Nikki Riley originally got into photography to take photos of her little ones but after hearing about a class at a local art school on boudoir photography she decided to try it out.

The whole purpose of boudoir art and photography is that women should love their bodies, and that feeling sexy shouldn’t just be about pleasing somebody else — it should be about pleasing yourself, and realizing just how valuable you are.

Ten years later, Riley has helped hundreds of clients from all different walks of life release their inner “baddie.”

“I don’t think there’s a generalization of who books boudoir shoots. I get women coming in that are getting married and they’re doing this as a groom’s gift. Some clients are people that have lost weight, maybe they’ve lost a hundred pounds and they want to come and celebrate their bodies. I also get people who are just feeling down about life. Social media makes us feel like sometimes they’re not as amazing as we want to be,” Riley says.

For many of her clients, Riley says these photos serve as a source of empowerment.

“Women come in and take these pictures and then they remind themselves just how amazing they are. I have women who when they get dressed, and they come over, look at their pictures, they are in tears like they cry for like 30 minutes before we can even complete the viewing session because they’re like, I can’t believe I looked this beautiful,” she says.

Some of the Roxborough native’s favorite clients may surprise you.

“I get women in their 80s who come in. They’re 80 years old and they’re not sure how they feel about the way they look anymore. They come in to celebrate that they’re 80 and amazing and still can pretty much rock anything with life and grace,” Riley says.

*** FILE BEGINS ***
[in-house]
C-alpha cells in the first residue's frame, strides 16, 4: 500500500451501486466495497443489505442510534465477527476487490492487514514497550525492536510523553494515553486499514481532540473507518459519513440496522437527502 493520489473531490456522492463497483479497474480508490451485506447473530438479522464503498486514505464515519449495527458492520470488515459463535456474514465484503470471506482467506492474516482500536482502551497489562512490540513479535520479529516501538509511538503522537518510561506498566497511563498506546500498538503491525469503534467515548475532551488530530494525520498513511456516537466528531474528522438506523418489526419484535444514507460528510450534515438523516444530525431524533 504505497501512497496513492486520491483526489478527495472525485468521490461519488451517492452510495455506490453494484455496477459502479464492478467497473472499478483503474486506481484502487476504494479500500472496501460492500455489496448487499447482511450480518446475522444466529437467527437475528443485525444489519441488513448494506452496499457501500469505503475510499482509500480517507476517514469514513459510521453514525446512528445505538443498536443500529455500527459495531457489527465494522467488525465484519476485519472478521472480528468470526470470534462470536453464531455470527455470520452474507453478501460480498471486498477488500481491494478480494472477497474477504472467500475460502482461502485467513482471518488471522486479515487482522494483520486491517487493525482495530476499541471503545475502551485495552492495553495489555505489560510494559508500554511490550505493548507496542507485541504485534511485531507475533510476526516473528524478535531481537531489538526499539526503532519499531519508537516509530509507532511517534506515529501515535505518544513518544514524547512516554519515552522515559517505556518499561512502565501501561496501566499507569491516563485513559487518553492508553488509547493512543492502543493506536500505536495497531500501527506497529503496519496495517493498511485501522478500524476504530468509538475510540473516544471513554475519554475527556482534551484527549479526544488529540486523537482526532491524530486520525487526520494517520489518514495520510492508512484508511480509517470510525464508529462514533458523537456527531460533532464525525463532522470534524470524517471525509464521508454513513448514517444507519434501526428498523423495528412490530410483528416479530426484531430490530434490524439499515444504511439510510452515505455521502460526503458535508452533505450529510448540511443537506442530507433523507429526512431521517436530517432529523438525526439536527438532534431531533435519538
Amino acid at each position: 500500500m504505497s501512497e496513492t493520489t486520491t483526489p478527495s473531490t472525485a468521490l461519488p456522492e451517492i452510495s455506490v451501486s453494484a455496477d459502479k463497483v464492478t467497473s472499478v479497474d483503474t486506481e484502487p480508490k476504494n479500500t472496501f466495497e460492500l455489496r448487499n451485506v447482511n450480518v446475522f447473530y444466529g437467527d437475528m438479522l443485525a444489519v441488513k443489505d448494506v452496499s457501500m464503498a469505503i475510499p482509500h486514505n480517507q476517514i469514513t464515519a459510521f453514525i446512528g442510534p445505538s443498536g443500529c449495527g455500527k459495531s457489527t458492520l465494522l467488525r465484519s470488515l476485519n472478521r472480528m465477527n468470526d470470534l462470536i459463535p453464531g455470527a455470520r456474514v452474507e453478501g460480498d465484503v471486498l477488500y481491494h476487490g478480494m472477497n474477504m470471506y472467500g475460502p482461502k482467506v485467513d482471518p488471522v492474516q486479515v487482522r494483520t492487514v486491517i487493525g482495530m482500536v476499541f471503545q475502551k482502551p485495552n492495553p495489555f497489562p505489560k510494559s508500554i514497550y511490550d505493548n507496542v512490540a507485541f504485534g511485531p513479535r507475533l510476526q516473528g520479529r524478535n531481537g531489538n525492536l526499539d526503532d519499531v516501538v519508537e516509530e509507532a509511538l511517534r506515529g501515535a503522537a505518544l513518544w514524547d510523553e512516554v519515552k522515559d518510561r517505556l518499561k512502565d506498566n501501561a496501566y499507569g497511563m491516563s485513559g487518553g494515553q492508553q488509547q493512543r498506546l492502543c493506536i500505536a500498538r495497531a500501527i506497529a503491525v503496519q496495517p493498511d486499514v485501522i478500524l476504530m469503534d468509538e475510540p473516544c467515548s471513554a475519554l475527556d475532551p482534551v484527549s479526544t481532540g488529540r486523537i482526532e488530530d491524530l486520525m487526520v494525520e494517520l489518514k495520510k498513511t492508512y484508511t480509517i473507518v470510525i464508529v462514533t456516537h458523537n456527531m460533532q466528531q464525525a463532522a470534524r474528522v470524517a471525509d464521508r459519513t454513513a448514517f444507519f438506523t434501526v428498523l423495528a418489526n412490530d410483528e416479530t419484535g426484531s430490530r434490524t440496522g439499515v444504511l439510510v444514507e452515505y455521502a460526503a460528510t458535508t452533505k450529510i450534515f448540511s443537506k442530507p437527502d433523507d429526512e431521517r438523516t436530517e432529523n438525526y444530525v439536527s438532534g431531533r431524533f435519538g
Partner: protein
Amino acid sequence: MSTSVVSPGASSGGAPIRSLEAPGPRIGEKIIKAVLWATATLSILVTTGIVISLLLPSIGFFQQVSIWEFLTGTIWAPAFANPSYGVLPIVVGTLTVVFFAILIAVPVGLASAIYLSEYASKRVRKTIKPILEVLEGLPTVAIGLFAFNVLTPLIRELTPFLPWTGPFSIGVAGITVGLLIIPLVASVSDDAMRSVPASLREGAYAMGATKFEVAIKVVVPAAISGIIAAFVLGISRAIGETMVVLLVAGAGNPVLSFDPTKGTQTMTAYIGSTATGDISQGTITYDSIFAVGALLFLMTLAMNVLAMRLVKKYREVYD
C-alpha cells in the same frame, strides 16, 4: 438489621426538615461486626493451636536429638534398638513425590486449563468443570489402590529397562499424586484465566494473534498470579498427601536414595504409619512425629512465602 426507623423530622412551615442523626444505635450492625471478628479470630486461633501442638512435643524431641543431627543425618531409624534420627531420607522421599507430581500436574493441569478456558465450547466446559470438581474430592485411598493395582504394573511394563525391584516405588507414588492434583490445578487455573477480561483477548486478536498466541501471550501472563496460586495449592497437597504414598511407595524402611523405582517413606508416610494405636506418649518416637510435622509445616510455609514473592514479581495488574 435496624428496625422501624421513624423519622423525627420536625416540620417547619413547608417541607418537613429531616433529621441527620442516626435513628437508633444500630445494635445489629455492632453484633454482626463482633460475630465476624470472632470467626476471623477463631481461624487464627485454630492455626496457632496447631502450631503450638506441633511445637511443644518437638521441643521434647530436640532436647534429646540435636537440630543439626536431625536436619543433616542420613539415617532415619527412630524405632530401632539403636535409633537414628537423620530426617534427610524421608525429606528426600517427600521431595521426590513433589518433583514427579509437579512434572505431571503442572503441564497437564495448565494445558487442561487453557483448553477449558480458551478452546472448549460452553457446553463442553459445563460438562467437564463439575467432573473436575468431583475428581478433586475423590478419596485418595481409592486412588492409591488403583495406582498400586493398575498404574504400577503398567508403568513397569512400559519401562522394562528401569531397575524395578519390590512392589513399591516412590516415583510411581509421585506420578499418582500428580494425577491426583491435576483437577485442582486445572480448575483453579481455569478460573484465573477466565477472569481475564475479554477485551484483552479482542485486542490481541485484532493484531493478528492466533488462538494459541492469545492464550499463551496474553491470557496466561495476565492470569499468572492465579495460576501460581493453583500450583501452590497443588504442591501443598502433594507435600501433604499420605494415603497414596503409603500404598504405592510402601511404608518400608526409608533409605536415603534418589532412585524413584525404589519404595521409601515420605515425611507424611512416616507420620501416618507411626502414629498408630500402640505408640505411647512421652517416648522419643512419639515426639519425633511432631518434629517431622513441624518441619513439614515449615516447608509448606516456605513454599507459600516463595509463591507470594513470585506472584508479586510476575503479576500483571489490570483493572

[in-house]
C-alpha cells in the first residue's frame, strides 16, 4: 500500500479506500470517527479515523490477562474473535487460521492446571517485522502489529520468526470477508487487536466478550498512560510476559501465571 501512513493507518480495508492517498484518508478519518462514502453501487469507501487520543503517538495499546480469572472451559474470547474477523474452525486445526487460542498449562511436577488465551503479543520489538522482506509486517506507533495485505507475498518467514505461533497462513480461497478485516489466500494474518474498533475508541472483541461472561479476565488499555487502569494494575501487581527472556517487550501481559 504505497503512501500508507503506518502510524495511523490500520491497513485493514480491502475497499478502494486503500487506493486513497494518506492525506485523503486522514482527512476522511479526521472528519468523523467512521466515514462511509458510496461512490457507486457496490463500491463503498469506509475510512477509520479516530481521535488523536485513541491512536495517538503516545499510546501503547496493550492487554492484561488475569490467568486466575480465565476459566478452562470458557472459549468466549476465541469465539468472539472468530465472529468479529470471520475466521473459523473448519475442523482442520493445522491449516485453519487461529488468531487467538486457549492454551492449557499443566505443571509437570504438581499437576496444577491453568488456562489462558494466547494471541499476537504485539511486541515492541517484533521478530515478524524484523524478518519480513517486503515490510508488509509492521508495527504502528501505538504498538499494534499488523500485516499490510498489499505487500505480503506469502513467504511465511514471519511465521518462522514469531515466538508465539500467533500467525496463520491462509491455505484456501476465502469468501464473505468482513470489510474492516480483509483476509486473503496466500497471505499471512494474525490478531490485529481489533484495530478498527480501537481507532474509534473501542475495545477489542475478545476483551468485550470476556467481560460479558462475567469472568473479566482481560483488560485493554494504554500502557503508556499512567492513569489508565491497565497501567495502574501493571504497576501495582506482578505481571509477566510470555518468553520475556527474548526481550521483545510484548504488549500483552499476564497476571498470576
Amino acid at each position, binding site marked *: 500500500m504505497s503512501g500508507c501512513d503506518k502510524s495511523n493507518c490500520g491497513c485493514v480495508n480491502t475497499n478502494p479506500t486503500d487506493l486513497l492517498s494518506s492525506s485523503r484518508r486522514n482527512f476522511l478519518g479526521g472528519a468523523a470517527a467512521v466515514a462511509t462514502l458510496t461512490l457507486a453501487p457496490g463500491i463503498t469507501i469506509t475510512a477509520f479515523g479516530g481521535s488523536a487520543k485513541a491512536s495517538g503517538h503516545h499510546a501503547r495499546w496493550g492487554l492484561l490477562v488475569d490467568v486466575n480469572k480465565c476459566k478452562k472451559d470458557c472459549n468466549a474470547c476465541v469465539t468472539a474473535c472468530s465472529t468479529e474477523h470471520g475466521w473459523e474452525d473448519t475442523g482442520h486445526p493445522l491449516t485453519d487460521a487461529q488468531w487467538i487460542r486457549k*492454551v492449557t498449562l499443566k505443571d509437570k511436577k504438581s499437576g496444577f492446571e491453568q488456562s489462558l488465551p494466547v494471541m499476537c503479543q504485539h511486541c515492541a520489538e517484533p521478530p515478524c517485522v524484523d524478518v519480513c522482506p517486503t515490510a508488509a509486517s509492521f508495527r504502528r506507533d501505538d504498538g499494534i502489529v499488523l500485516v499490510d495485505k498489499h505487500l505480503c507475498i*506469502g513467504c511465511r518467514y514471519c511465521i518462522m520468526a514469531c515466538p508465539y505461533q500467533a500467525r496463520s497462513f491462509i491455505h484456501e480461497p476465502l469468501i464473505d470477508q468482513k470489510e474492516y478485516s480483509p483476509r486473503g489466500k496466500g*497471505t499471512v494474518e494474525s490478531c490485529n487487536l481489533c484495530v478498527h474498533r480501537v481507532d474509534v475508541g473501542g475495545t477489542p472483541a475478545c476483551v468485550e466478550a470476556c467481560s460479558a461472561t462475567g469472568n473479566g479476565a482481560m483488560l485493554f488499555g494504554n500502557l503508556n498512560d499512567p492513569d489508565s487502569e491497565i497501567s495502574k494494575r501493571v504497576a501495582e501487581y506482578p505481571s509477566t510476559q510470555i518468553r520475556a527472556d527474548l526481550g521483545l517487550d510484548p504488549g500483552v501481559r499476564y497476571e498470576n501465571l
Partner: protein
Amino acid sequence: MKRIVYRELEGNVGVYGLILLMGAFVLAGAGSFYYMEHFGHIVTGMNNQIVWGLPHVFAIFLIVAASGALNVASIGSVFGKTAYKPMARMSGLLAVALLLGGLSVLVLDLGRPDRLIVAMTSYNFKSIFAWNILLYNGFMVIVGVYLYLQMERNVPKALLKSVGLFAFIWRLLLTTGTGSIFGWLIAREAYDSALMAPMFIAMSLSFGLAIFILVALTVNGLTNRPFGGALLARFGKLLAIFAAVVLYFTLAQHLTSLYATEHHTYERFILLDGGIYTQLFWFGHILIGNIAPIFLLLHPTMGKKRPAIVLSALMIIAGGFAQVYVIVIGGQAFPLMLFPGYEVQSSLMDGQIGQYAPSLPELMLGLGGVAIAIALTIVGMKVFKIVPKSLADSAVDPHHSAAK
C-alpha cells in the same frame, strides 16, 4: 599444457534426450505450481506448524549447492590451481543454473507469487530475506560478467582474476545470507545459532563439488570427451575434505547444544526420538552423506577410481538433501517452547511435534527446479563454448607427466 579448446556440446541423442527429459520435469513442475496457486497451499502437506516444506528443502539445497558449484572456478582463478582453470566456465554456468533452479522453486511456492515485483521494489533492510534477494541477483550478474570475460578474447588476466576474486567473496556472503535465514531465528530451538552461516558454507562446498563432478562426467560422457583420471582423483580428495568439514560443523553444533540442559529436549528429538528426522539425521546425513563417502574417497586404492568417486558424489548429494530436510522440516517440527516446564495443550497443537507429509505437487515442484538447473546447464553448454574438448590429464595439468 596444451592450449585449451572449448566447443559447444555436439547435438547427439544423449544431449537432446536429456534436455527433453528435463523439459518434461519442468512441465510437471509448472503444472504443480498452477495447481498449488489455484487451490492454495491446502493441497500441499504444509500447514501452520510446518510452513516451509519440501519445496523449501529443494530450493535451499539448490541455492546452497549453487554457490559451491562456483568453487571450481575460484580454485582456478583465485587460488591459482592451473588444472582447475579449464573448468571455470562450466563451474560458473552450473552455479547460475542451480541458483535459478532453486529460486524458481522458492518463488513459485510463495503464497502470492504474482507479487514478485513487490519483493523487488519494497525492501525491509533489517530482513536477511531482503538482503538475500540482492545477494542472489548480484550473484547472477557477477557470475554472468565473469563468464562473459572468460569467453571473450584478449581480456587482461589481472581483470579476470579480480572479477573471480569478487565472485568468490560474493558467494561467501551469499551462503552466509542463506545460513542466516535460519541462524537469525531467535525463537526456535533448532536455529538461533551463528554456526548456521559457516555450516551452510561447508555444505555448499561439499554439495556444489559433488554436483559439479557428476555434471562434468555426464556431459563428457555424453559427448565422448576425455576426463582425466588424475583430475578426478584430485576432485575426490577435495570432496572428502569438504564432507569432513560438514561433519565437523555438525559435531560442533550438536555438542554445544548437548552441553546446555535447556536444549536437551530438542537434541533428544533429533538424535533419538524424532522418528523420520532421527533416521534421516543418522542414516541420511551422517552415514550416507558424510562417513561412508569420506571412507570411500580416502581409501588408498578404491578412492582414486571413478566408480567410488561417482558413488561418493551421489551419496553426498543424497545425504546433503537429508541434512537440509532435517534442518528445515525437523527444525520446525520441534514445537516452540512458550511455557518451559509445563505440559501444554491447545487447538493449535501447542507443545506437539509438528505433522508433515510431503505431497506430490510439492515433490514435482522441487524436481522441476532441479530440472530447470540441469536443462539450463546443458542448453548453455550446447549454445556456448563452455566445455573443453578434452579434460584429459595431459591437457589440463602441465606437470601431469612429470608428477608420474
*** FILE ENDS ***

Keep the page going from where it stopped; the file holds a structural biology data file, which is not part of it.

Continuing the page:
The photographer has a nickname among her clients: “Booty Whisperer.” She is called that because she has a knack for helping them pose in just the right position to show off their “ass”ets. Riley embraces the nickname and says she wants more people to celebrate their bodies.

“People need to realize that everyone’s opinion is not their opinion, and it really doesn’t matter. It’s such a negative society,” she says.

During her past 10 years in the business, Riley says she’s learned a thing or two about her views on beauty.

“Remember when we were in high school and there were the pretty girls and then everyone else. My view of beauty was completely messed up because of what TV showed me back then or how other people reacted. The crazy thing is, I don’t think I’ve had an ugly client in 10 years because when you meet these women, and you talk to them, they tell you their stories. You learn to love the person they are in that short amount of time. The next thing you know, you can look at a female and just be like this person is amazing, that makes her beautiful and that will show through the camera,” Riley admits.

She wants to spread her message of self love to as many people as possible and soon hopes to expand her business to a storefront, a lingerie line and empowerment workshops. For more information, visit

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